The Prime Minister later changed his position on 1 August but failed to provide any justification other than that he 'didn't want there to be any anxiety in Western Australia',26 suggesting his chief concern was popular opinion in the state.
This change in position came immediately after the case had been heard,27 with the government actively considering changing its mind while simultaneously arguing its position against WA's border measures in the High Court.28 Information about the cost of this intervention has not been provided to the committee despite requests for it.29
On 11 August, Acting Chief Medical Officer, Professor Paul Kelly said that WA's border closure 'has no doubt been somewhat protective', indicating that the Commonwealth understood that domestic border closures had prevented the spread of the virus.30 In light of this statement it is concerning that the Prime Minister was openly pushing premiers to open up their borders despite their local health advice not to do so.
In the end the illusion that National Cabinet was a consensus-making body with solidarity amongst members collapsed and on 4 September, in a press conference about state border measures the Prime Minister said National Cabinet 'needed to evolve' because 'we've decided that this notion of 100 percent, absolute consensus on any issue is not a way that the National Cabinet can indeed work'.31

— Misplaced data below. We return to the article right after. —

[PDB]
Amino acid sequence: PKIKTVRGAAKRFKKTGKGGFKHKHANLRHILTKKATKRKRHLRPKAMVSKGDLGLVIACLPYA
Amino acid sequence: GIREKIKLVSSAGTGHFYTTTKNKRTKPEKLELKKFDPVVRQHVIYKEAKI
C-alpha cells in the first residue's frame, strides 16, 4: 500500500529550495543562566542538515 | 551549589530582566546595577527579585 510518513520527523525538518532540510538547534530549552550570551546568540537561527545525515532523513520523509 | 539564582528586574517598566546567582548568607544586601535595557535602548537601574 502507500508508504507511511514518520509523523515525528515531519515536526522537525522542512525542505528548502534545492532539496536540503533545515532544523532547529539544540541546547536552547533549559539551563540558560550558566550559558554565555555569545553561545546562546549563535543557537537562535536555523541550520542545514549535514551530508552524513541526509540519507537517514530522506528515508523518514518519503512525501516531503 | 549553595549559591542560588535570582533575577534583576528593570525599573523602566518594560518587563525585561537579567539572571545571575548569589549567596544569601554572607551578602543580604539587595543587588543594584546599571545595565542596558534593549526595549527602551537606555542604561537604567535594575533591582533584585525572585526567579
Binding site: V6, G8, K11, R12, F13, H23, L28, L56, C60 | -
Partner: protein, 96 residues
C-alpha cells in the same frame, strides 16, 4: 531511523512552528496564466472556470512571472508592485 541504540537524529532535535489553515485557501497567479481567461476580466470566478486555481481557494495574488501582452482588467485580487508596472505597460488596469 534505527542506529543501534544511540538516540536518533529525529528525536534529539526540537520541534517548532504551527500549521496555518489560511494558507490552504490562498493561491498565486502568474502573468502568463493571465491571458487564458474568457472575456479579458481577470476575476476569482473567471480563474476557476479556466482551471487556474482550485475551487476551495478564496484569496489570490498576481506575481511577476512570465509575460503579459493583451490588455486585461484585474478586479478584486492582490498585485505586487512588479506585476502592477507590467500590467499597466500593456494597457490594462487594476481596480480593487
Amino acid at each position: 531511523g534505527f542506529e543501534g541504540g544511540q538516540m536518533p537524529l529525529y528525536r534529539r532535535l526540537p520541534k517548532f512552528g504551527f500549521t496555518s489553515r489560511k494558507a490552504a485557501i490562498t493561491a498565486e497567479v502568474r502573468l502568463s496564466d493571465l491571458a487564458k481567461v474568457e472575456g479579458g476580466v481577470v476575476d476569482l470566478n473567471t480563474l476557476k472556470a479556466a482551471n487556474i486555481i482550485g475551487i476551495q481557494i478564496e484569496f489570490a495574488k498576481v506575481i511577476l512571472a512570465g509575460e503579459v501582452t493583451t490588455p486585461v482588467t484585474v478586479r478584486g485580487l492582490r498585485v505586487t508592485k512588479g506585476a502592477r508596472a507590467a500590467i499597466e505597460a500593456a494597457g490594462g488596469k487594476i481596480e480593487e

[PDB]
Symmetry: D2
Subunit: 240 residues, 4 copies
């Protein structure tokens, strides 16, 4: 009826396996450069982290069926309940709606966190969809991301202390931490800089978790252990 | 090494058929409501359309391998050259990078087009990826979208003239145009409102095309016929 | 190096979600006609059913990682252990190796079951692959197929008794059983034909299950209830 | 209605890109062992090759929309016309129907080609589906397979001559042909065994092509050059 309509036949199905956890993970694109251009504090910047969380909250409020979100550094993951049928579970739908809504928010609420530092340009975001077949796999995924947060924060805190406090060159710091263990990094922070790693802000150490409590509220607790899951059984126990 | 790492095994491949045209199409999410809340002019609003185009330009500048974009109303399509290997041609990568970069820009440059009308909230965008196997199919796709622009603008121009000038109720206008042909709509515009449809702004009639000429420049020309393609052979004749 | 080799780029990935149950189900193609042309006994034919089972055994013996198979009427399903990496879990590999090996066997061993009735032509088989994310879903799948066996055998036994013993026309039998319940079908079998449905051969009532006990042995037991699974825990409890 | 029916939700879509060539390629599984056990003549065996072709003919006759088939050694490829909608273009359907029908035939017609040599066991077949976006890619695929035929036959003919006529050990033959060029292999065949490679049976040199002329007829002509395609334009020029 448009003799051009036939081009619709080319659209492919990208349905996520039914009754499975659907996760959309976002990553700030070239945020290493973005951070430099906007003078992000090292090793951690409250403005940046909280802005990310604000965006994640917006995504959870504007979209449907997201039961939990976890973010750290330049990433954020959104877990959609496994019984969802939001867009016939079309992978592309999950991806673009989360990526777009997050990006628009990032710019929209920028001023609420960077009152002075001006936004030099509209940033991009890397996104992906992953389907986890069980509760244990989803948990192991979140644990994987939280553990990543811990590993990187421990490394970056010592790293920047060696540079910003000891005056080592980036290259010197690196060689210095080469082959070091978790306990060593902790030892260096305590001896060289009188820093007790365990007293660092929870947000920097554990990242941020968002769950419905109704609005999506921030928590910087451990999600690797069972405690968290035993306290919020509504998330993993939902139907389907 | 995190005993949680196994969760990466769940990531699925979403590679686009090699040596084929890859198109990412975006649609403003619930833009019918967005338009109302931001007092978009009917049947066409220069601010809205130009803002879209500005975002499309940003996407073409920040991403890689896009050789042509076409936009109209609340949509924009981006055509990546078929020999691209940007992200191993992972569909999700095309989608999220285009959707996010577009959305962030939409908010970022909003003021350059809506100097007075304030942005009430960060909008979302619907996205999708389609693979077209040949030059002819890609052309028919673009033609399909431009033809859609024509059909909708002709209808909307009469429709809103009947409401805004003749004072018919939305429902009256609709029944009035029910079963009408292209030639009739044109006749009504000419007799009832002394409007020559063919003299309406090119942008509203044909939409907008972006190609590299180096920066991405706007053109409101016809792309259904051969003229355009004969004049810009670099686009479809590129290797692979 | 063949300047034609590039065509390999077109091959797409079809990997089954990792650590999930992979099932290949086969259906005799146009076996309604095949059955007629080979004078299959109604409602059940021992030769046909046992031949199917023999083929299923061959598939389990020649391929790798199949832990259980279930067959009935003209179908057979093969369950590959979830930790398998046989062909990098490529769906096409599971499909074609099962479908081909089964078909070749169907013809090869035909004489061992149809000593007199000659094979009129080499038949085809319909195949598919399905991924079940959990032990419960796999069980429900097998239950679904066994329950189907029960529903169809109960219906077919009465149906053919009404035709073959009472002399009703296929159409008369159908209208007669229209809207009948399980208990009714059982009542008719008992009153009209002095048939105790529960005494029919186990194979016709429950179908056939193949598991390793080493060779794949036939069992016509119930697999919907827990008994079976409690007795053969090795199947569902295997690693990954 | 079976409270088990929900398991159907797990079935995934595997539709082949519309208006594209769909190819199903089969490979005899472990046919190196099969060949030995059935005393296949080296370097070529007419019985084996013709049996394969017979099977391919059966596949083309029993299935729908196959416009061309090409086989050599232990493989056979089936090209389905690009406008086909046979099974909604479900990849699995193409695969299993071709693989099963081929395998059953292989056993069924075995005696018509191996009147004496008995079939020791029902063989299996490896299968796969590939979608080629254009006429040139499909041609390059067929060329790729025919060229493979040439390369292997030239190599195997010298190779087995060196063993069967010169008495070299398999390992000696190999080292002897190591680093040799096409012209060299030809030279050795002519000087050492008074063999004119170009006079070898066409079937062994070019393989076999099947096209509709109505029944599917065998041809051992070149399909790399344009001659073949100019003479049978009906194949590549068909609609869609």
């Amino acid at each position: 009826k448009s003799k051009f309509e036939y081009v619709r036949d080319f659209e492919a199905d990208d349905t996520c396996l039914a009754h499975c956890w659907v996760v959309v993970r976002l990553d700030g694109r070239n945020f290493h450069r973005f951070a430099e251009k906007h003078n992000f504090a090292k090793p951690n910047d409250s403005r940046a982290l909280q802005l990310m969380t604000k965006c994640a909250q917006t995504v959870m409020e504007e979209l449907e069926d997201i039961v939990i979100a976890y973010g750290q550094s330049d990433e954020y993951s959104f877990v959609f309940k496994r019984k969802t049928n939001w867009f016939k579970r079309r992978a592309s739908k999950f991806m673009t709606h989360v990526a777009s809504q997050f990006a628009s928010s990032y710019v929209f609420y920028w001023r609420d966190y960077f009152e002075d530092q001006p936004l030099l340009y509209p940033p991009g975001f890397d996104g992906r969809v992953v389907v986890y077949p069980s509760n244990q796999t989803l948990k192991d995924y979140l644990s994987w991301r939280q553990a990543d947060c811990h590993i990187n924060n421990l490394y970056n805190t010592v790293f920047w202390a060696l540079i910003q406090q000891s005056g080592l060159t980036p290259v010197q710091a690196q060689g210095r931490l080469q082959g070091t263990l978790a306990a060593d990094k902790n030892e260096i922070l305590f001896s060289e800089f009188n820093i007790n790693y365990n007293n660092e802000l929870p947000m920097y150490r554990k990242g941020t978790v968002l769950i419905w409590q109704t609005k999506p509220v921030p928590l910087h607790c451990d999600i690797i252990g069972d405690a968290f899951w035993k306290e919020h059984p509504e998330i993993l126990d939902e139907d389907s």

The Prime Minister's criticism of state border measures and partisan attacks on Labor premiers undermined the ability of National Cabinet to work as a Westminster-style cabinet exercising solidarity and collective responsibility. The committee sees this as a failure of leadership from the Prime Minister at a time when the country desperately needed genuine cooperation rather than partisanship and division.

National Cabinet as a vehicle for secrecy

On multiple occasions the government has refused to provide information relating to the National Cabinet, including:
the date National Cabinet first agreed to a suppression strategy;32
briefings to National Cabinet from the Treasury Secretary and the Chair of the Productivity Commission;33 and
whether any ministerial or parliamentary staff, or members of the Australian Health Principal Protection Committee had attended National Cabinet meetings.34